You are on page 1of 9

Miya Mosley

Professor Knudson
UWRT 1102
29 April 2015

REVISED
Workshopping Memo
My literacy autobiography begins on November 28, 1996 on a crisp Thanksgiving morning.
Since the day I was born; I began observing and absorbing aspects of my new world thanks to
my wonderful family. I am of African-American descent and I was born in Winston-Salem,
North Carolina to a family of country slang and love in its purest form. My family immediately
began teaching me new things by talking to me, reading to me, and taking me out to explore the
world. Although I cant physically recall these events and how this affected how well I learned
and retained my culture; I learned that I started soaking up the English language and my AfricanAmerican culture very quickly.
Although I didnt speak my first word until I was almost eleven months old, I was
speaking almost fluent English by the age of three and a half years old. As you can see, my
learning capabilities soared dramatically. My family found it very important that I learned how to
name my body parts, my relations to other people, my culture, my religion, and how to write
before I began Kindergarten. Every morning with my grandmother I had grits and eggs for
breakfast and then she would bring out the pencil and paper for me to learn to write my ABCs. I
became so fascinated with writing that it was all that I wanted to do during my day. I would write
all over the walls, and anything else I could reach. By the time I was four years old I had run out

of space! At nights, I used to get read Winnie the Pooh and Dr. Seuss by my grandmother. I loved
following along with her while she read, trying to match the letters to the sounds she made with
her mouth so that I could do the same thing all by myself. I always wanted a challenge so I
would go for the grown up books that I saw my grandmother reading and tried to read it to
myself. I tried relentlessly to pronounce the big, hard-to-pronounce words that I saw but my
grandmother told me that one day I would be able to do it. I had a lot of faith in myself because
my family instilled in me the important aspects of religion from a very young age.
We attended church service every Sunday and I learned to trust God and to always have
faith in his word. I feel like God and my religion played a huge role in my wish to learn and to
become someone. Ive always wanted to excel in life no matter how big or small my challenge
was at the time. A major challenge had been entering into Kindergarten because I wasnt used to
not being around my family. I felt like I was around people who I didnt know, people who were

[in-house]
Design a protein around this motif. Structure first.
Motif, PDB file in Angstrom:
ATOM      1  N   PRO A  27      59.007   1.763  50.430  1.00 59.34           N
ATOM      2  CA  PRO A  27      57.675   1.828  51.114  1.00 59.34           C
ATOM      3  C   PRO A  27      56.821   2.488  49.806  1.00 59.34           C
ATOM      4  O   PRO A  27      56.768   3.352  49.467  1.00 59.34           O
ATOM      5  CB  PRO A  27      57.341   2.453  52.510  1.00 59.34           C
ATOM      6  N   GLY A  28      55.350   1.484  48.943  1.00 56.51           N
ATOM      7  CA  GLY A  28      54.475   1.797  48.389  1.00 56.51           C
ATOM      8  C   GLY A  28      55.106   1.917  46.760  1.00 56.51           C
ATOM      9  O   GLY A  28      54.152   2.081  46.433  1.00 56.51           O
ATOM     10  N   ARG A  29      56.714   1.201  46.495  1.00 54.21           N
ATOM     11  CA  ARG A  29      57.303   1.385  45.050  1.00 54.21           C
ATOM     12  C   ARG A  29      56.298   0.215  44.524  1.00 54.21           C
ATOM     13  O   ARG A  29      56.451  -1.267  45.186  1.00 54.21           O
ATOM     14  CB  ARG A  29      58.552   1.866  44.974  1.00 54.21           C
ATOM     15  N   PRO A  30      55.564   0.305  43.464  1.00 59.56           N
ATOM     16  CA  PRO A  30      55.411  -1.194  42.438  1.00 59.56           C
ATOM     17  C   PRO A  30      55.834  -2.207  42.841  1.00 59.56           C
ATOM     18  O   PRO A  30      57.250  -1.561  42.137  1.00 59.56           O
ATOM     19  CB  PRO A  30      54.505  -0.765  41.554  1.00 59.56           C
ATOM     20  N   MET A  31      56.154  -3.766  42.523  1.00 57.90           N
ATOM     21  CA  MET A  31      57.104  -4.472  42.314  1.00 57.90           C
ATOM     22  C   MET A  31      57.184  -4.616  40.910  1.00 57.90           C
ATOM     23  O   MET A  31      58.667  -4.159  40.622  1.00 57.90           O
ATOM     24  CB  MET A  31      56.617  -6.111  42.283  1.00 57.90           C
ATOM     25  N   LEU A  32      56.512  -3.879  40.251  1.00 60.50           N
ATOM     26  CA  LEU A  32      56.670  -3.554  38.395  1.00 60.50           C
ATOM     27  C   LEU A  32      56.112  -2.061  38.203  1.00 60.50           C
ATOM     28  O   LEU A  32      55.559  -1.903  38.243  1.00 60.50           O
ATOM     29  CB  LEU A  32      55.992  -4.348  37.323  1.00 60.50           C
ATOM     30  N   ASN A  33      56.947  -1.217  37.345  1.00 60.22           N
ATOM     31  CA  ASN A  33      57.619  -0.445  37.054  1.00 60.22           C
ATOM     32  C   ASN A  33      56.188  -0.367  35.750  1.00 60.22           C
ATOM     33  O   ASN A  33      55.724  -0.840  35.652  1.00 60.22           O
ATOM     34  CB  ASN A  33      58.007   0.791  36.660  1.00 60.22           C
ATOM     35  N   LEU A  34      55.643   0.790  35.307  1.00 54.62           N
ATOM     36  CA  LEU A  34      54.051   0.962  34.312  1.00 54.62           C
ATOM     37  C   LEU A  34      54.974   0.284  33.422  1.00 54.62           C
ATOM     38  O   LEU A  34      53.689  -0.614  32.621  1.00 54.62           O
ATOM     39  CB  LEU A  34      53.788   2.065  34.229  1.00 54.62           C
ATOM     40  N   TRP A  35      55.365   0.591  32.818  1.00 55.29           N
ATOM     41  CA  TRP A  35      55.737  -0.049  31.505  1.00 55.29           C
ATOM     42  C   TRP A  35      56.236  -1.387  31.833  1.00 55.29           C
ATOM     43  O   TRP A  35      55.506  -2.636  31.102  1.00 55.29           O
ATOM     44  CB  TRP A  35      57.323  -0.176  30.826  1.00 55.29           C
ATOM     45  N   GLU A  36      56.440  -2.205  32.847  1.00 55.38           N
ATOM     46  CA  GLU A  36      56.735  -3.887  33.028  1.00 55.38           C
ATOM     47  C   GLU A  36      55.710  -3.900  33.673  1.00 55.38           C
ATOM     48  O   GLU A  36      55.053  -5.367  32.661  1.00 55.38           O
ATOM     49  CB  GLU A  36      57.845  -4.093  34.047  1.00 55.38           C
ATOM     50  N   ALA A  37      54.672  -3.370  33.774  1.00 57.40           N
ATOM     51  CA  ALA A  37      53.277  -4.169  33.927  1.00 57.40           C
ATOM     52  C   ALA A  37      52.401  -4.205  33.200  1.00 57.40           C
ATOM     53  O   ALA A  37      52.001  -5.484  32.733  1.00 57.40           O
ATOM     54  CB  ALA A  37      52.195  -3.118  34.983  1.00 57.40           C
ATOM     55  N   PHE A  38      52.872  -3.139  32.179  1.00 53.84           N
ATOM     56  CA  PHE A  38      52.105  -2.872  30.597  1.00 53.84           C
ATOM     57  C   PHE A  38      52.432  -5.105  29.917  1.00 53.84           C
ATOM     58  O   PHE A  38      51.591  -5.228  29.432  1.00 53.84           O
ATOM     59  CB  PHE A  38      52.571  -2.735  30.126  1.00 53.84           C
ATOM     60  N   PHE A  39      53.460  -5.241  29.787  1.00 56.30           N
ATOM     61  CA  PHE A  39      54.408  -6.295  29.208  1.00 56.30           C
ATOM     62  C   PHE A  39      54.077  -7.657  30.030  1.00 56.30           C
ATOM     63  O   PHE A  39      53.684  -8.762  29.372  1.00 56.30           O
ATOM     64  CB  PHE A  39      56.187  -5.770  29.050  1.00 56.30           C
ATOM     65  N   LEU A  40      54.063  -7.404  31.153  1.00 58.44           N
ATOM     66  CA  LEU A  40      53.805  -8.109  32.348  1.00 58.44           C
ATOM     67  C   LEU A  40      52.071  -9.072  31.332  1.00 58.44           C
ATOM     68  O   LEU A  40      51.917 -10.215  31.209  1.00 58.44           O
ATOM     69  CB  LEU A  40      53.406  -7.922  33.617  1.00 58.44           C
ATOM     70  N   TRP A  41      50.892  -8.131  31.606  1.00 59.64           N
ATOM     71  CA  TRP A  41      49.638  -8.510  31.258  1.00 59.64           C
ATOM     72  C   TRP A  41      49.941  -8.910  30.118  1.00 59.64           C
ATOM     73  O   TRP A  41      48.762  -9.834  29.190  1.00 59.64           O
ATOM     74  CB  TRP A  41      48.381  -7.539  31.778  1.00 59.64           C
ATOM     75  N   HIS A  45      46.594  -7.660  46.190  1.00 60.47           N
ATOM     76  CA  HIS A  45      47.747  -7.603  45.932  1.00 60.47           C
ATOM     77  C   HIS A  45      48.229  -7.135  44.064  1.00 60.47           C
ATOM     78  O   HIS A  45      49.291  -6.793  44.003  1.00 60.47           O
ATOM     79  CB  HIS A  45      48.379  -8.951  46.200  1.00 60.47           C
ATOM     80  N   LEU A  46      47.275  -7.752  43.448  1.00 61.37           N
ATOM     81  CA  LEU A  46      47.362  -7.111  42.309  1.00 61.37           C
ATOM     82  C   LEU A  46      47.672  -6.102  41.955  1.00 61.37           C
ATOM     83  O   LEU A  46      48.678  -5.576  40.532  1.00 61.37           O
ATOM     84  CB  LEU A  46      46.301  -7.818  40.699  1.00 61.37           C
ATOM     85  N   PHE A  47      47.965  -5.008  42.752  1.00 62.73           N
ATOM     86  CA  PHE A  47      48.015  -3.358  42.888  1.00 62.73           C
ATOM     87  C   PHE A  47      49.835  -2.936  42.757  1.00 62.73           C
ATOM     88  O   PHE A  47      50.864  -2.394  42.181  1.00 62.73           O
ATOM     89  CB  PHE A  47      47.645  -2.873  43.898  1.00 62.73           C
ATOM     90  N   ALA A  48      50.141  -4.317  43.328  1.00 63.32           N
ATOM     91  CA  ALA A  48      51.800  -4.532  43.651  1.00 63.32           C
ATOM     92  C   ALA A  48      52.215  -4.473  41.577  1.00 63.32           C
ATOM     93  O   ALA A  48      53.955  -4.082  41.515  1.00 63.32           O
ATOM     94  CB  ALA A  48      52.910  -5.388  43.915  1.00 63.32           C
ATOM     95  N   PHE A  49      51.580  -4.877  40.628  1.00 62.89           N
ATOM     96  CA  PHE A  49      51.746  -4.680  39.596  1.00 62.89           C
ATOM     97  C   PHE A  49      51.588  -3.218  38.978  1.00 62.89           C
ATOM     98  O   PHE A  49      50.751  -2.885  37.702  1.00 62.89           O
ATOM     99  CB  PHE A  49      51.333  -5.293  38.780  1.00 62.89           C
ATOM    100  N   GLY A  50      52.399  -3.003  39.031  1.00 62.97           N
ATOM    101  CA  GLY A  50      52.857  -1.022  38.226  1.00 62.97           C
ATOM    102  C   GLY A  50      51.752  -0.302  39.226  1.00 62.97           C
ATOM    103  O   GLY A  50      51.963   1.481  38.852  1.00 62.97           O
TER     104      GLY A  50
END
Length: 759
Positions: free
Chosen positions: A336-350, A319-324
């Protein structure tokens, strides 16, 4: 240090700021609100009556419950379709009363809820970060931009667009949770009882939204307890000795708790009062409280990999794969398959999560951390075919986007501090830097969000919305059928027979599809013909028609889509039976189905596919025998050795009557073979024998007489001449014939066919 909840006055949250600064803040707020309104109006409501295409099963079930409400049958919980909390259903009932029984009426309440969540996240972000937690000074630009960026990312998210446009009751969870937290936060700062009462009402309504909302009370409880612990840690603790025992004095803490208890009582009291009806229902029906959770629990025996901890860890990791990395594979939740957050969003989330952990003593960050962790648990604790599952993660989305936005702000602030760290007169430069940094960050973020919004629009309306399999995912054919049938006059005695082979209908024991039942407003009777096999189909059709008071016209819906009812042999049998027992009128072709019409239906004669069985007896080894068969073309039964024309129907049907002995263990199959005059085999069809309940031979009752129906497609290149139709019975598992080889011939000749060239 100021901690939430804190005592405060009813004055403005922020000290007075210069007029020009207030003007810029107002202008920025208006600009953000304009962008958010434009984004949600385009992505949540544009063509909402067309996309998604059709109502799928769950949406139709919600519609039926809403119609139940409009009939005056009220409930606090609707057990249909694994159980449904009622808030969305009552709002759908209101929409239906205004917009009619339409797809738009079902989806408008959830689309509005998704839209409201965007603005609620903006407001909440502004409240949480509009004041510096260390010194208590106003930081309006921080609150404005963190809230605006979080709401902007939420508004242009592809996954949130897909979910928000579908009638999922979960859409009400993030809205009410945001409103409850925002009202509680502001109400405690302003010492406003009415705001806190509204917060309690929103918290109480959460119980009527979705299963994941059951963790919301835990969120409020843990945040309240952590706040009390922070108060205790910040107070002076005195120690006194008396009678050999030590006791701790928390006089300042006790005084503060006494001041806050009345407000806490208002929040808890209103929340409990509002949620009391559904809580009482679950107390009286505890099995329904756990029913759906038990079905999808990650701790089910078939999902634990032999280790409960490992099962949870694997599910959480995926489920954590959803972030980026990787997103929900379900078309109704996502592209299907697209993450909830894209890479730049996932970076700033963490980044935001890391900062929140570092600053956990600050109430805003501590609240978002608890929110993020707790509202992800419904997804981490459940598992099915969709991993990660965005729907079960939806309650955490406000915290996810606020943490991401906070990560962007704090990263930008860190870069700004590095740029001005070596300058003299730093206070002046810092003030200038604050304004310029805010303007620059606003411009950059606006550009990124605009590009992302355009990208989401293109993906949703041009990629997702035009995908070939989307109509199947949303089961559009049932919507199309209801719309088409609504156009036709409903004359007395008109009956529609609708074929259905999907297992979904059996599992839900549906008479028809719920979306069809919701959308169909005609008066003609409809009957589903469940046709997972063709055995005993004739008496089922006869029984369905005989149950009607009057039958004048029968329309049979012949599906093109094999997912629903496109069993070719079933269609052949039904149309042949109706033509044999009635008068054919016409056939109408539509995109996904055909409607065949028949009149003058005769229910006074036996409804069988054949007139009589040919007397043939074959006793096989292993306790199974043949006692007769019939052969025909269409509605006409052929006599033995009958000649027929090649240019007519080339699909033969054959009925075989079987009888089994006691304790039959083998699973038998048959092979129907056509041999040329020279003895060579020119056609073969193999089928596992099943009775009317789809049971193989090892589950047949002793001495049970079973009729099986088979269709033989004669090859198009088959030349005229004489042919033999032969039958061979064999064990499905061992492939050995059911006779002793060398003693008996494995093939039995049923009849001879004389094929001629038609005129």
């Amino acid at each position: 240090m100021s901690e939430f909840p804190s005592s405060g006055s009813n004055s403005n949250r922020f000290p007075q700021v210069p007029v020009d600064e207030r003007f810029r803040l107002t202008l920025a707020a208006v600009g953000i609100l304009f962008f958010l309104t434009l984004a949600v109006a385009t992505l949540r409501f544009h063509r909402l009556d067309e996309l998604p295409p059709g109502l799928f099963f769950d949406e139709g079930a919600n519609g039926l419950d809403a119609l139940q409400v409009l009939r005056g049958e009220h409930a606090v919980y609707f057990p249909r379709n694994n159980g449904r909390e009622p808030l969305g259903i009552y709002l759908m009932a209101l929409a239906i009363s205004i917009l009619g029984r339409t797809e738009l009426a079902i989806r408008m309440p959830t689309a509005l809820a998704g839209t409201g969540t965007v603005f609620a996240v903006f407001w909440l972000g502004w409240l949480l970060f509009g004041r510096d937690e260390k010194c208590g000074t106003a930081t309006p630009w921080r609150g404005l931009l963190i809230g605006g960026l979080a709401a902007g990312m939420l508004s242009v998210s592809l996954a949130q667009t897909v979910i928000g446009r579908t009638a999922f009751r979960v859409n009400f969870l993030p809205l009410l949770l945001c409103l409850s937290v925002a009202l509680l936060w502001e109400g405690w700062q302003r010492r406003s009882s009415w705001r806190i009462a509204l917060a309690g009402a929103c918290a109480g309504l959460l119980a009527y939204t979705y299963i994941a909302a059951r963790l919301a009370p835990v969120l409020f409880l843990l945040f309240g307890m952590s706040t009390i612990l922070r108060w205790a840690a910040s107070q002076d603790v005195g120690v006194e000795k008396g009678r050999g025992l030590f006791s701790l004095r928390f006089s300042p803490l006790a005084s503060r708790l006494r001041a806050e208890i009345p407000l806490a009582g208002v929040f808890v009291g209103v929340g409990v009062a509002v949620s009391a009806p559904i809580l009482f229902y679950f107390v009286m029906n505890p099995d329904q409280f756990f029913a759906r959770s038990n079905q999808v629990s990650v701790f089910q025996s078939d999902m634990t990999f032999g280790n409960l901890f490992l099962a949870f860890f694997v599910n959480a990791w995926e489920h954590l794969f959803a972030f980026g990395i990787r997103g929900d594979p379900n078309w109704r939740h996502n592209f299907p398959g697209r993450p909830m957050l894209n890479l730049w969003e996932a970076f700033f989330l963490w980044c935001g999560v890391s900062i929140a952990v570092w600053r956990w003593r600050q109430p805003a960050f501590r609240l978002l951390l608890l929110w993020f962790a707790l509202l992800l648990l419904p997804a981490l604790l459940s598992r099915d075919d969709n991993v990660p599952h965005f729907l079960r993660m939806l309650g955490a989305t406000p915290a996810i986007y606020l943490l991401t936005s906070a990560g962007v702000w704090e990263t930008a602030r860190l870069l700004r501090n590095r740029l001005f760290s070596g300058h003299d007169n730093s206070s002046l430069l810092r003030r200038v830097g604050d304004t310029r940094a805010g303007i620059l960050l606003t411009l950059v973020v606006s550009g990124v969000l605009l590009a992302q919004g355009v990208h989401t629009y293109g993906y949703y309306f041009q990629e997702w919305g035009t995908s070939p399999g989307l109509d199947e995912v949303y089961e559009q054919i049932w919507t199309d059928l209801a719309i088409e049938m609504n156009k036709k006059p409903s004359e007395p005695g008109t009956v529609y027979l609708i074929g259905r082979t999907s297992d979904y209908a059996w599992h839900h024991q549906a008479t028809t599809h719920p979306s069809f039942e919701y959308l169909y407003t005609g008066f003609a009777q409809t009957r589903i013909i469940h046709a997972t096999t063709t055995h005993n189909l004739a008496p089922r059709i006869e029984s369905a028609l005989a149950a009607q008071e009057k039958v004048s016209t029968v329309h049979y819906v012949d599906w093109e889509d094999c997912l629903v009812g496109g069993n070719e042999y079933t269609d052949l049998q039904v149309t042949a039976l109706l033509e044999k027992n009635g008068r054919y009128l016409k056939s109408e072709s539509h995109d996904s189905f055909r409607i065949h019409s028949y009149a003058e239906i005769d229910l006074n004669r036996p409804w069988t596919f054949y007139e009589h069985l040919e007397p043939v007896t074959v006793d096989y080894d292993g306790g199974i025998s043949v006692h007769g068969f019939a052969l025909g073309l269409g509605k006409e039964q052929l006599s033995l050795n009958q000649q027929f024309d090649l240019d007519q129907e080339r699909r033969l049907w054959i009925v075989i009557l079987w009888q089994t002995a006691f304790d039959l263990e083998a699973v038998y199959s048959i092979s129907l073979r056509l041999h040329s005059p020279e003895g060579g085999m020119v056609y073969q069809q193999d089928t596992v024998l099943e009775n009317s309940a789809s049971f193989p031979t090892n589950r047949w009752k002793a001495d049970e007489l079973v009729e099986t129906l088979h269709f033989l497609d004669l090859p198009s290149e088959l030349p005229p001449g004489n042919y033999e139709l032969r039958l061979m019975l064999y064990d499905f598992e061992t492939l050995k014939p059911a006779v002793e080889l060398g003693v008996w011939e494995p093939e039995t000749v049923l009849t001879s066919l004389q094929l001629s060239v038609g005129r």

raised differently and were clearly of different descents and it made me extremely
uncomfortable. My kindergarten teacher helped me cope and become more willing to experience
the other kids and enjoy learning by asking me what I liked to do the most. I told her I loved
writing poems and so she allowed me to do so. She showed me that although we all looked
different; we were all human and deserved to not be judged by the least important part of who
you are: your looks. I loved to write and from day one I had an extreme talent at it; and I soared
from that point on. My elementary school had a school newspaper that's purpose was to identify
talented writers in each grade level. I was chosen in the newspaper many times throughout my
elementary school career, and my grandmother hung all of them up for me so that I could look at
my achievements and soar to the next accomplishment. In our readings, there was a statement
saying Its just as important to understand visual messages as it is to understand written

messages. The visual messages on the wall helped me to keep up focus and stay on the right
track. (ET Chapter 5 pg. 209) For me, it was more about pleasing myself and God because I
knew that he was watching me; and the last thing I wanted to do was to let him down or to make
him feel that I was unworthy of my calling.
In fourth grade, I had a national writing test that I got ready for all year-long with my
peers; and I made a perfect score on the writing exam. I was so shocked yet so proud of myself. I
knew I deserved it and I was eager to go do more yet again. My summer of fourth grade, I read
the Ocean Within by V.M. Caldwell. The plot was about a girl named Elizabeth who knows she
was adopted and was struggling internally to accept her new family. Shes very excited about the
family trip to the beach but it comes with more internal conflict than she thought it would. This
book stuck with me because it teaches you us to be proud of who you are, regardless of where
you came from or the situations that God throws at you. This is important because I was taught
that God would never put more on you than you can handle, but until this book I never had any
concrete evidence outside of what my family had taught me. This validation from other sources
was very important to me and it alleviated any doubts that I had ever had in my mind about my
religion and the things that my family had taught me. And from that moment I carried that book
in my heart until this day and it has honestly kept me the open-minded person that I am today.
Before leaving elementary school, I also won an award for having the highest accelerated
reader points in my grade level. I was given permission to throw a pie in my principals face.
This may sound a bit weird for some but for us children it was the best reward and called for